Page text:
Monthly Archives: September 2013

The Wizard of Oz in 3D – A Fresh Look on a Favorite Film


We spent the big bucks to see The Wizard of Oz:  An IMAX 3D Experience.  Was it worth it?  Yes!  Such a great movie, with so many family memories and cultural reminders tied up into it!

While enjoying the movie, I wondered about some things.

1.  Is anyone in the audience seeing this for the first time?  Does anyone not know this movie?  There were some young families in the audience.  I tried to listen into the pre-movie conversations around us (I know it’s not good to eavesdrop!) but couldn’t tell if the little kids knew about the story.  What would the new viewer think of the movie?  Would the flying monkeys be frightening, or laughable?  Without already loving it and already knowing all the songs, can a person in 2013 enjoy the film?  I think so, as a modern person would enjoy any older movie.


2.  The entire thing is shot on a sound stage.  That means the MGM studio set designer had to build and the painters had to create a backdrop for a farm in Kansas (complete with a herd of pigs), Munchkin land, all the twists and turns of the Yellow Brick Road, Oz, the witches castle, the field of sleep-inducing poppies, the forest of apple-throwing trees, etc.  I found myself looking for the point where the set ended and the painted wall began, but I do that for modern movies, too.  I try to see what is real, and what is computer generated (computer generated doesn’t excite me as much as real.)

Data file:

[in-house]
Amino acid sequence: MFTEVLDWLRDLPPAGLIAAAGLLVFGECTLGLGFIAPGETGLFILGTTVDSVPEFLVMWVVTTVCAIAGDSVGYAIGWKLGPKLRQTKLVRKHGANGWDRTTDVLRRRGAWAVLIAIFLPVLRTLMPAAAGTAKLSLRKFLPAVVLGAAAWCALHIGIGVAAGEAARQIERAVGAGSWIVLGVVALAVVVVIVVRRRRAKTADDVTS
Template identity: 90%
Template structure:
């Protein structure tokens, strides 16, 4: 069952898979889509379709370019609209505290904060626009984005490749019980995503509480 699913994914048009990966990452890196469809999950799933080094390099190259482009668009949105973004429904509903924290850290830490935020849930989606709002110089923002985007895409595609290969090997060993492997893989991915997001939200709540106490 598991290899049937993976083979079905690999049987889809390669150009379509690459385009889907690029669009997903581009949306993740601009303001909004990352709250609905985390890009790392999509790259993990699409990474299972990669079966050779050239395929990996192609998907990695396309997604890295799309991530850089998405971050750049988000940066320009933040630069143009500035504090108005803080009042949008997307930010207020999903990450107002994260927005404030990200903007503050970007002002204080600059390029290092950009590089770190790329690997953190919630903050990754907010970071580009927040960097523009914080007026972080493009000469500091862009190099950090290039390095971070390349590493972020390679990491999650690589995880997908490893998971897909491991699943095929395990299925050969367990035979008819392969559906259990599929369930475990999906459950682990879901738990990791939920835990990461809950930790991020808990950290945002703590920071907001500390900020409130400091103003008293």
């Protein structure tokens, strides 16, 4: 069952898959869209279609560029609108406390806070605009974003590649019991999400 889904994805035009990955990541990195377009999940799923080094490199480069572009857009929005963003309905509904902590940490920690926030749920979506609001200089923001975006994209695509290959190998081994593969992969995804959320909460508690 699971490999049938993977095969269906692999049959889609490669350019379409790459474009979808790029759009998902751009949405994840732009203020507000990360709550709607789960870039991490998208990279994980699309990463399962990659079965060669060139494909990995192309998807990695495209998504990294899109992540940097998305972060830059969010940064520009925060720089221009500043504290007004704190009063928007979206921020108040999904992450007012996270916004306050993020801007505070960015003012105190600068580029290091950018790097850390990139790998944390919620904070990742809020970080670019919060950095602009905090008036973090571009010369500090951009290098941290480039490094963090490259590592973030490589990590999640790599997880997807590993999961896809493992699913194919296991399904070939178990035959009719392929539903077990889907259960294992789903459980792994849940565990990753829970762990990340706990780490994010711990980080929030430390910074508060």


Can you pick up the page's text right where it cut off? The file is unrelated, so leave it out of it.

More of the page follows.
3.  Judy Garland is simply gorgeous!  Here is a young girl, just 16, carrying an entire film.  She has to sing and act with dogs and an entire cast of unusual characters, yet she keeps us believing in Dorothy.  Watch the scene where she sings “Somewhere Over the Rainbow“.  It’s in black and white, on her Kansas sound stage farm.  She has to make her marks and interact with Toto on a tractor.  She is lip-synching to her own voice, and still makes us believe she is singing this song about yearning for a peaceful place for the very first time.  Once in Oz, and in color, she is polite, and scared, and amazed, and brave.  And beautiful!

wicked witch dorothy glinda